Green Living

The Modern Reinvention of Houseplant Care by Engineer Darryl Cheng

Welcome to The Plant Care Chronicles — a monthly series dedicated to breaking down individual indoor plant care routines and exploring plant care as a form of self-care.

We truly believe in the healing powers of plants, and want to shed a light on their many mental, physical, and spiritual health benefits.

This month, we had the pleasure of speaking with Darryl Cheng, founder of the House Plant Journal and author of The New Plant Parent

To say that Darryl Cheng’s relationship with plants is unique would be an understatement. The former engineer developed an entirely new approach to plant care, which he chronicles in his cult-favorite book, The New Plant Parent

“When I started caring for plants about seven years ago, I realized that the way people write about houseplant care was very vague and generic,” he tells Bloomscape. “We’re still using the same ideas from the 1950s and sixties. I thought it was time to change the narrative.” 

He began by applying his engineering skills to houseplant care in his Toronto, Ontario home, which doubles as a sort of plant laboratory. “As an engineer, I appreciate more precise things,” he laughs. “I quickly learned that light drives growth in plants — they need it in order to photosynthesize and create sugars. So I was like, why don’t I just measure light?”

That’s exactly what he did. In addition to creating a light meter app, his plant care courses and books all speak to the vital importance of light. “Understanding light is the best way to truly understand what your plant is going through,” he explains. “The correct lighting is what plants require to function. The people you think have a ‘green thumb’ are simply the people with the most windows.” 

Of course, Cheng applies these care principles to his own plant collection. “If I had to guess, I’d say I have at least 100 plants at home,” he shares. “If I have a space with enough light for a plant, I’ll put one there.” He has tropical plants like monsteras, pothos, philodendrons, snake plants, and a growing collection of cacti and succulents under a powerful grow light. 

“I’ve moved away from looking at plants as decor — I’m more interested in cultivating an indoor garden,” he shares. “When a person only appreciates plants for the aesthetics, I think they miss out on so much. I get the long-term reward of seeing my plants flourish after months and years of care.”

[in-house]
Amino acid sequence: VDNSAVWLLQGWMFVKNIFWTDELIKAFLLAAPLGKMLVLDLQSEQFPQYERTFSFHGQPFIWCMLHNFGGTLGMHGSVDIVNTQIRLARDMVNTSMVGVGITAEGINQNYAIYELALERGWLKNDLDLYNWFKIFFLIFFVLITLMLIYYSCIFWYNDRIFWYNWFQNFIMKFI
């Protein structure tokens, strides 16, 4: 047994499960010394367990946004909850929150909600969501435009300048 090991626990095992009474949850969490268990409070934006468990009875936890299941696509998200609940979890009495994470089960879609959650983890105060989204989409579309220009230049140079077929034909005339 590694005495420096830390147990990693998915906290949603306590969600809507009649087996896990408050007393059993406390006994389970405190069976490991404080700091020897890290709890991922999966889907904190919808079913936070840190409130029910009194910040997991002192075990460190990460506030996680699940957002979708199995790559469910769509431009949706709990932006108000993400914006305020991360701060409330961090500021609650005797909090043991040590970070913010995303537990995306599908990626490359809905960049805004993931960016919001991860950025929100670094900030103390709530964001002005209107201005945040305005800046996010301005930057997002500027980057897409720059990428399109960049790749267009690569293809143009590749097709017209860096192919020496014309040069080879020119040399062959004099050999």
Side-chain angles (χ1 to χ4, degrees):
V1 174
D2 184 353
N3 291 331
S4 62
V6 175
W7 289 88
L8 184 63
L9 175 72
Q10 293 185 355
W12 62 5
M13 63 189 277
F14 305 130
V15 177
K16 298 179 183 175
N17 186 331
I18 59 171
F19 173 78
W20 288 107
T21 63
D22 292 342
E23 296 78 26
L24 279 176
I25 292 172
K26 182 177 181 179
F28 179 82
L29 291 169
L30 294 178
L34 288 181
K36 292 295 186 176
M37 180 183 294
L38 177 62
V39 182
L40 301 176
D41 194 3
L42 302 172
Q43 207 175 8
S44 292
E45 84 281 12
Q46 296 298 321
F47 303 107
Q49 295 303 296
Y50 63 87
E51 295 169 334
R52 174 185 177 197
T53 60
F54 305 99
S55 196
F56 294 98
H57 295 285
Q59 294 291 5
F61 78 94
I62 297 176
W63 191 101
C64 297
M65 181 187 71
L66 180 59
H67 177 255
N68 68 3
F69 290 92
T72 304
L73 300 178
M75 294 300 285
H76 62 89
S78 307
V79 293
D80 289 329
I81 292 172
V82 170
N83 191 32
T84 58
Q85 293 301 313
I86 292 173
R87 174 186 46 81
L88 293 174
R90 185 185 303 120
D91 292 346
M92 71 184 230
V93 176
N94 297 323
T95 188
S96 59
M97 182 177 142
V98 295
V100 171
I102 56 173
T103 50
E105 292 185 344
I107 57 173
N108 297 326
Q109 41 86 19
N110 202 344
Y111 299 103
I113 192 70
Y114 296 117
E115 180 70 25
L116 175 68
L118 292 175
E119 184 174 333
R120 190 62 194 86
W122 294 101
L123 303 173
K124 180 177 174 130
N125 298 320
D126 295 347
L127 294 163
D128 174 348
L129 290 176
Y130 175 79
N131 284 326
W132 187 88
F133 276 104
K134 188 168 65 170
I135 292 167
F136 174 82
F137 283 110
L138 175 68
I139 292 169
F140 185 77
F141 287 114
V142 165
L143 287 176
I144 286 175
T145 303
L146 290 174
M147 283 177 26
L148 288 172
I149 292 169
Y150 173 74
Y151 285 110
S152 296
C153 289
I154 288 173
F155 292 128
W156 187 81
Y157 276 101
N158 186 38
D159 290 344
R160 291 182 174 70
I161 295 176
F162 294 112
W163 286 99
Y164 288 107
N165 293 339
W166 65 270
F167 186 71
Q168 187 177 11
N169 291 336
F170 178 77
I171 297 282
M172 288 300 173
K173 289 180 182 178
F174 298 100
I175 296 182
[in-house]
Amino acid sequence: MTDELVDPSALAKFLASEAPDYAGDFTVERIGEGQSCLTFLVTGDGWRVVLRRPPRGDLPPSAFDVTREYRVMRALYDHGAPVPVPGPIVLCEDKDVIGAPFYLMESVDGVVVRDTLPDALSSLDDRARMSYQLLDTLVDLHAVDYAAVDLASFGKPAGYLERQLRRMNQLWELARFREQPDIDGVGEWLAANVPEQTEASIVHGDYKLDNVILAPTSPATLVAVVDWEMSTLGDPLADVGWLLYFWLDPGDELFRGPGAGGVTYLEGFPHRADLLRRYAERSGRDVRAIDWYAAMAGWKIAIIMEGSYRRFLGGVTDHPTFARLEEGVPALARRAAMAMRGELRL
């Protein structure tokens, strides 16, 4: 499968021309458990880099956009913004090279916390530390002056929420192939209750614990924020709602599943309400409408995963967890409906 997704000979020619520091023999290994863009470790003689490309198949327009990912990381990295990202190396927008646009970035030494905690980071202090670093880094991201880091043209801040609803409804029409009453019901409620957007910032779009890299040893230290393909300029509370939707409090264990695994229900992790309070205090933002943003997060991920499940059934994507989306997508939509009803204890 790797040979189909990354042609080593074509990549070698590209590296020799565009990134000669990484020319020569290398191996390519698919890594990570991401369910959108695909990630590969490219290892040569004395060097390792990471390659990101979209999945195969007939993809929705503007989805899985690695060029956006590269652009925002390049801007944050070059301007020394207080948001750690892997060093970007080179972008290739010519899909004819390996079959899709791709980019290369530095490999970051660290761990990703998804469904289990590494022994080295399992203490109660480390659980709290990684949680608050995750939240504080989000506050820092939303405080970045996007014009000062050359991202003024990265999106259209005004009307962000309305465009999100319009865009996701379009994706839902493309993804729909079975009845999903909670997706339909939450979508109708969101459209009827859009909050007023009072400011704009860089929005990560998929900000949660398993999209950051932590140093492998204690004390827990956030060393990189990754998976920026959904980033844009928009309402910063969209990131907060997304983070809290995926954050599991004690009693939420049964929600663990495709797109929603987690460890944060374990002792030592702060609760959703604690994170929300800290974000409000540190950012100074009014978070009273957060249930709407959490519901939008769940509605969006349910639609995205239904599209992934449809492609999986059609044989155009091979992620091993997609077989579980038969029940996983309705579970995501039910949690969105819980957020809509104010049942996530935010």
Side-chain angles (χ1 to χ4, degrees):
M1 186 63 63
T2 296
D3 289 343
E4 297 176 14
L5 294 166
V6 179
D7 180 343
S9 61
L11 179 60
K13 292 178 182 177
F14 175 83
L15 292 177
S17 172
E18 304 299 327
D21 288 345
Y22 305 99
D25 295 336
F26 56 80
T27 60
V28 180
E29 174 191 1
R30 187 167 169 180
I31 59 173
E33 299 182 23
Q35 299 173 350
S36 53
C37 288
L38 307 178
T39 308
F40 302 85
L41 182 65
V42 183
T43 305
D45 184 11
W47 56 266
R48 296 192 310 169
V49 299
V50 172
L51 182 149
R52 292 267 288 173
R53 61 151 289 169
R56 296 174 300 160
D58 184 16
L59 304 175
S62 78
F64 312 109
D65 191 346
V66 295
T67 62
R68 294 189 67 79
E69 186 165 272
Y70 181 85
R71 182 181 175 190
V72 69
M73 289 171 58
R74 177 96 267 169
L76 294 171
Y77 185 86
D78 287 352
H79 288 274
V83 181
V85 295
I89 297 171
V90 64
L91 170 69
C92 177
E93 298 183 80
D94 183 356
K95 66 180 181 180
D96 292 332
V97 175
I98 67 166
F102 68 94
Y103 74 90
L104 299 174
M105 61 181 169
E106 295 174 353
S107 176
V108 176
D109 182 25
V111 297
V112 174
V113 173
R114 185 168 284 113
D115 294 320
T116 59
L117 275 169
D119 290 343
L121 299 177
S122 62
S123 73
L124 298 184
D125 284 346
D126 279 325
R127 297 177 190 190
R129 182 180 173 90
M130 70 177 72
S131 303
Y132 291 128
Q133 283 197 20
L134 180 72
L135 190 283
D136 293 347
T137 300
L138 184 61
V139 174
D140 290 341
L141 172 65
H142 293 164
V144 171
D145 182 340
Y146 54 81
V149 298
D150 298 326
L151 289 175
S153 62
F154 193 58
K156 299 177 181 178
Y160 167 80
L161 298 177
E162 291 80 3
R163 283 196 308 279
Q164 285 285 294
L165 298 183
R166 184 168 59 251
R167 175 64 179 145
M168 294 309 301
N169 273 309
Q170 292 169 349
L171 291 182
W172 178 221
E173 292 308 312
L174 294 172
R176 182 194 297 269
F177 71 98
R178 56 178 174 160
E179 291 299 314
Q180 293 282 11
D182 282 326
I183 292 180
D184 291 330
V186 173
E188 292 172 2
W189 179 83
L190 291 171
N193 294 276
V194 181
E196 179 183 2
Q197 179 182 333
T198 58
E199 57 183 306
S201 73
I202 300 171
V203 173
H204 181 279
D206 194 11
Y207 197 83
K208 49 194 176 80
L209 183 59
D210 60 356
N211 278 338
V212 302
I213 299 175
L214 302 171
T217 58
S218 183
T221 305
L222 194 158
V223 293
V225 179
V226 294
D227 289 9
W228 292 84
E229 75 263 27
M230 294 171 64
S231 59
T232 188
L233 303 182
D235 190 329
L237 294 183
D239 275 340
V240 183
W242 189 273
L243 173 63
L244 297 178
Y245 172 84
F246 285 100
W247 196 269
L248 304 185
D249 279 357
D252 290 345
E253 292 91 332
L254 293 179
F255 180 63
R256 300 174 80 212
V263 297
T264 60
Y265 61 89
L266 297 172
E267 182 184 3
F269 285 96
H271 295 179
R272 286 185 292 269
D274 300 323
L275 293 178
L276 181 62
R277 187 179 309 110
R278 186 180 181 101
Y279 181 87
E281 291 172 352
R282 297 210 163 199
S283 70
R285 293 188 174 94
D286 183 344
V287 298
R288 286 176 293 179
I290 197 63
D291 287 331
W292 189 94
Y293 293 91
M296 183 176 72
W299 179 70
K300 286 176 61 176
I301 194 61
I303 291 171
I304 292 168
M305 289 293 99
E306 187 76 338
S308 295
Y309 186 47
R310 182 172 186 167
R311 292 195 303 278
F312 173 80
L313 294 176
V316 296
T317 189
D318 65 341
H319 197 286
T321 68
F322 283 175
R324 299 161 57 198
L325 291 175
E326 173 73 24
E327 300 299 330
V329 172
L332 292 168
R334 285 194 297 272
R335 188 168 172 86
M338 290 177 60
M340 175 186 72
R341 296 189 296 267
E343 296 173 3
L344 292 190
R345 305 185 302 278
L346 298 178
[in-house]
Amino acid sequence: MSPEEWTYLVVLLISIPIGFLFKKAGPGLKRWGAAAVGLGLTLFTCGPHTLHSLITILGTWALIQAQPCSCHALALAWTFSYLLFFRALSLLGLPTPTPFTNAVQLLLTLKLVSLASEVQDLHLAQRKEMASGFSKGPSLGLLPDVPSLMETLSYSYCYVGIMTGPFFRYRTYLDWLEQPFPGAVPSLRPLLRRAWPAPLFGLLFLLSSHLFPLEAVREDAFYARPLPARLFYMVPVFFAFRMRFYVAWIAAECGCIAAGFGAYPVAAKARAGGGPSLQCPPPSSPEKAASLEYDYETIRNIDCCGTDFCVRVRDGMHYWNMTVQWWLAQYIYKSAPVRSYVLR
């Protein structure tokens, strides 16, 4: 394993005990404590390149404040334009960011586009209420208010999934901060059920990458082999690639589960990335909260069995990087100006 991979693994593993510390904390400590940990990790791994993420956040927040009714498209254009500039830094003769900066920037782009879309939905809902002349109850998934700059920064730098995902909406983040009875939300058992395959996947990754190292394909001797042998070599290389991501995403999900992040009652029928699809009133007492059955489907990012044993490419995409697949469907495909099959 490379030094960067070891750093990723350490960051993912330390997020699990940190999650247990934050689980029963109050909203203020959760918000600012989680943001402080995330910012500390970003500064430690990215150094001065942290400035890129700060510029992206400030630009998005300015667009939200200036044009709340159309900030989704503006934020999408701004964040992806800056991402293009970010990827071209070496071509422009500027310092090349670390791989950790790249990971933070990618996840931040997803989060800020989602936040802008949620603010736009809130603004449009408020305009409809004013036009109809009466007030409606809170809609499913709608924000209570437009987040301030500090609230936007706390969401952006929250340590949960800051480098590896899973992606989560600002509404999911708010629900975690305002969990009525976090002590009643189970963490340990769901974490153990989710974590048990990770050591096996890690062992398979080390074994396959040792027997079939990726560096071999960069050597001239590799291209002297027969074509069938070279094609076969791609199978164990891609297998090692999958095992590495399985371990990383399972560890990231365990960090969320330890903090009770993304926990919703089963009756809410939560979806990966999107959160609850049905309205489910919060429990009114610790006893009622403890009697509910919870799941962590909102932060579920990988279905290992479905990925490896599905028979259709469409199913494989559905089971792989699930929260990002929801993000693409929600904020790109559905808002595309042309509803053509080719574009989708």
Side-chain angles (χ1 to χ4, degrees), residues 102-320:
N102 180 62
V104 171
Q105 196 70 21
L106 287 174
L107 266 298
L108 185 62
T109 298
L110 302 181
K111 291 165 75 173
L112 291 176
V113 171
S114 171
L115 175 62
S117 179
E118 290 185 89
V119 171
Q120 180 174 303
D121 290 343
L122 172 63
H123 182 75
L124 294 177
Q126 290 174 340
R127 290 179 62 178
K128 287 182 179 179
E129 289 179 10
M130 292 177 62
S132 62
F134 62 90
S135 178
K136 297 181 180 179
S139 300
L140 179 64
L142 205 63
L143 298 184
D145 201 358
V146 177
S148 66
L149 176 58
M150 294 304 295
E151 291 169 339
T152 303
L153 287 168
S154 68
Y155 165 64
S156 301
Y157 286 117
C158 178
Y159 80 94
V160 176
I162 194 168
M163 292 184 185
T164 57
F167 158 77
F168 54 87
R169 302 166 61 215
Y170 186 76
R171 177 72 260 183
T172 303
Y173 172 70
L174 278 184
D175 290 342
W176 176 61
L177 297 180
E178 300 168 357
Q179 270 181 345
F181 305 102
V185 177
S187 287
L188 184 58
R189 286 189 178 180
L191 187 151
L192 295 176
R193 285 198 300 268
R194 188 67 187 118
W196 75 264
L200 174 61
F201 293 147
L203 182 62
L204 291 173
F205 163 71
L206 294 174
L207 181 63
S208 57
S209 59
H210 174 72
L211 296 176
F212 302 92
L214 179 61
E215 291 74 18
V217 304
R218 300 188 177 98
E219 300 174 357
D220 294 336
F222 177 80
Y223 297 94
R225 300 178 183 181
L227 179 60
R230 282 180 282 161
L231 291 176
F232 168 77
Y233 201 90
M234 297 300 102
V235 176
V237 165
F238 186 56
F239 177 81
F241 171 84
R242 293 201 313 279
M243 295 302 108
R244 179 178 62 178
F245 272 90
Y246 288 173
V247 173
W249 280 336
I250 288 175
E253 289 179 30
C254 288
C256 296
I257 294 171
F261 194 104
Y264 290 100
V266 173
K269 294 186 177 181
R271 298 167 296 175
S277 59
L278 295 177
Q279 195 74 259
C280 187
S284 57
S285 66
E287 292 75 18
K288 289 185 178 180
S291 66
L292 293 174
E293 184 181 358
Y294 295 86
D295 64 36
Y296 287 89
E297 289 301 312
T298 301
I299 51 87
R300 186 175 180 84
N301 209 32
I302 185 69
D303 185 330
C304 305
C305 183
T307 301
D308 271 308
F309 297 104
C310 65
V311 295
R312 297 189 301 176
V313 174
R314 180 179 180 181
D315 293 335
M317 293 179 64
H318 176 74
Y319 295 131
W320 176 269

This sense of companionship is the “C” in his coined concept, “The ABCs of Houseplant Appreciation.” The letter “A” refers to aesthetics, and “B” stands for biology. He believes that aesthetics are what draw most people to houseplants, biology is the interest in growth, propagation, and care, and companionship is the connection you develop with your plants. 

“I’ve had some plants with me for so long, that if you just replaced it with an identical plant, it wouldn’t be the same,” he shares. “I truly have a connection to them. I could probably tell you a little story about each one, including when I got it, how long I’ve had it, and what it’s gone through. It’s almost like watching a pet grow up overtime, with less responsibility.”

Of course, having 100-plus plants thrive is no easy feat. “If I had to total up the hours spent on plant care, it’s probably one to two hours a day, or 14 hours a week,” he shares. “Anytime I get distracted from work, I’m caring for my plants. I don’t necessarily abide by a schedule, I just respond to their needs and check things out everyday.” 

In addition to companionship and a flourishing career, plants provide Cheng with a sense of personal fulfillment. “Houseplants have become a really rewarding hobby for me — they’re so much more than decoration,” he shares. “I believe that thinking about plants strictly as decor can be harmful. What happens when it’s suddenly not ‘trendy’ to have plants anymore? These are living things.” 

Despite his relative mastery of houseplant care, Cheng views himself as a humble plant caretaker. “At the end of the day, plants are going to do their own thing. My job is to help them live their best life, and support whatever growth is possible in my space.”